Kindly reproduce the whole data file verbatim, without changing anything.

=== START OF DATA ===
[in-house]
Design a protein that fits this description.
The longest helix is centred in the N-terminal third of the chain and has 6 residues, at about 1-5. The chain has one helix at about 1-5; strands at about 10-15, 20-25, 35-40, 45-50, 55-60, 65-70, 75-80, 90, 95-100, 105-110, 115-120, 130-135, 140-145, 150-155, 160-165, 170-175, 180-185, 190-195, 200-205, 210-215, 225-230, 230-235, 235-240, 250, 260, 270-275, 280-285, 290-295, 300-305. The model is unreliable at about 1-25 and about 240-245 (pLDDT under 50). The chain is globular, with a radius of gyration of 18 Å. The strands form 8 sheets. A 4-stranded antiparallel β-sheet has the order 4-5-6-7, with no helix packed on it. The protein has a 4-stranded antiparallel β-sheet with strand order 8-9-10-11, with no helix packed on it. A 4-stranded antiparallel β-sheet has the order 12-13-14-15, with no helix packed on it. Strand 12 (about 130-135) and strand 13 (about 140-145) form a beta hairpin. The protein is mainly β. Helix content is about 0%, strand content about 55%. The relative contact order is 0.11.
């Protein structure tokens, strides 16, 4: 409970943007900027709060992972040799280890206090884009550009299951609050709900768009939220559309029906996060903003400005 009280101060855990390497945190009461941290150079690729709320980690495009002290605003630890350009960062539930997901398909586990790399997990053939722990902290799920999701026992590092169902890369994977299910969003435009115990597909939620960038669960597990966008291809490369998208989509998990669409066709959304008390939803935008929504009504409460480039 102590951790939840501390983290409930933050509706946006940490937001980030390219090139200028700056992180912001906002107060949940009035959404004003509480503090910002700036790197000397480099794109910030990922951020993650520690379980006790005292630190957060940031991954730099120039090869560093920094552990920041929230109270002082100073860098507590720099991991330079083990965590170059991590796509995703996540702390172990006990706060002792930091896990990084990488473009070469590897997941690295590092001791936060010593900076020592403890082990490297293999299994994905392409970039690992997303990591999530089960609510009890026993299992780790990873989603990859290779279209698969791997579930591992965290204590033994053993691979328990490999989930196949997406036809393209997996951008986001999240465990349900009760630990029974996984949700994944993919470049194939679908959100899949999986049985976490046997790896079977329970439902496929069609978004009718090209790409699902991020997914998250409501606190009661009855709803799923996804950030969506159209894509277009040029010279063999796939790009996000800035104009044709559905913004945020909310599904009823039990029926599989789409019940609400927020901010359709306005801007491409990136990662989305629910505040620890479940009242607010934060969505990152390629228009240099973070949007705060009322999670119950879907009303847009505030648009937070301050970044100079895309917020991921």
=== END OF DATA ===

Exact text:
[in-house]
Design a protein that fits this description.
The longest helix is centred in the N-terminal third of the chain and has 6 residues, at about 1-5. The chain has one helix at about 1-5; strands at about 10-15, 20-25, 35-40, 45-50, 55-60, 65-70, 75-80, 90, 95-100, 105-110, 115-120, 130-135, 140-145, 150-155, 160-165, 170-175, 180-185, 190-195, 200-205, 210-215, 225-230, 230-235, 235-240, 250, 260, 270-275, 280-285, 290-295, 300-305. The model is unreliable at about 1-25 and about 240-245 (pLDDT under 50). The chain is globular, with a radius of gyration of 18 Å. The strands form 8 sheets. A 4-stranded antiparallel β-sheet has the order 4-5-6-7, with no helix packed on it. The protein has a 4-stranded antiparallel β-sheet with strand order 8-9-10-11, with no helix packed on it. A 4-stranded antiparallel β-sheet has the order 12-13-14-15, with no helix packed on it. Strand 12 (about 130-135) and strand 13 (about 140-145) form a beta hairpin. The protein is mainly β. Helix content is about 0%, strand content about 55%. The relative contact order is 0.11.
């Protein structure tokens, strides 16, 4: 409970943007900027709060992972040799280890206090884009550009299951609050709900768009939220559309029906996060903003400005 009280101060855990390497945190009461941290150079690729709320980690495009002290605003630890350009960062539930997901398909586990790399997990053939722990902290799920999701026992590092169902890369994977299910969003435009115990597909939620960038669960597990966008291809490369998208989509998990669409066709959304008390939803935008929504009504409460480039 102590951790939840501390983290409930933050509706946006940490937001980030390219090139200028700056992180912001906002107060949940009035959404004003509480503090910002700036790197000397480099794109910030990922951020993650520690379980006790005292630190957060940031991954730099120039090869560093920094552990920041929230109270002082100073860098507590720099991991330079083990965590170059991590796509995703996540702390172990006990706060002792930091896990990084990488473009070469590897997941690295590092001791936060010593900076020592403890082990490297293999299994994905392409970039690992997303990591999530089960609510009890026993299992780790990873989603990859290779279209698969791997579930591992965290204590033994053993691979328990490999989930196949997406036809393209997996951008986001999240465990349900009760630990029974996984949700994944993919470049194939679908959100899949999986049985976490046997790896079977329970439902496929069609978004009718090209790409699902991020997914998250409501606190009661009855709803799923996804950030969506159209894509277009040029010279063999796939790009996000800035104009044709559905913004945020909310599904009823039990029926599989789409019940609400927020901010359709306005801007491409990136990662989305629910505040620890479940009242607010934060969505990152390629228009240099973070949007705060009322999670119950879907009303847009505030648009937070301050970044100079895309917020991921």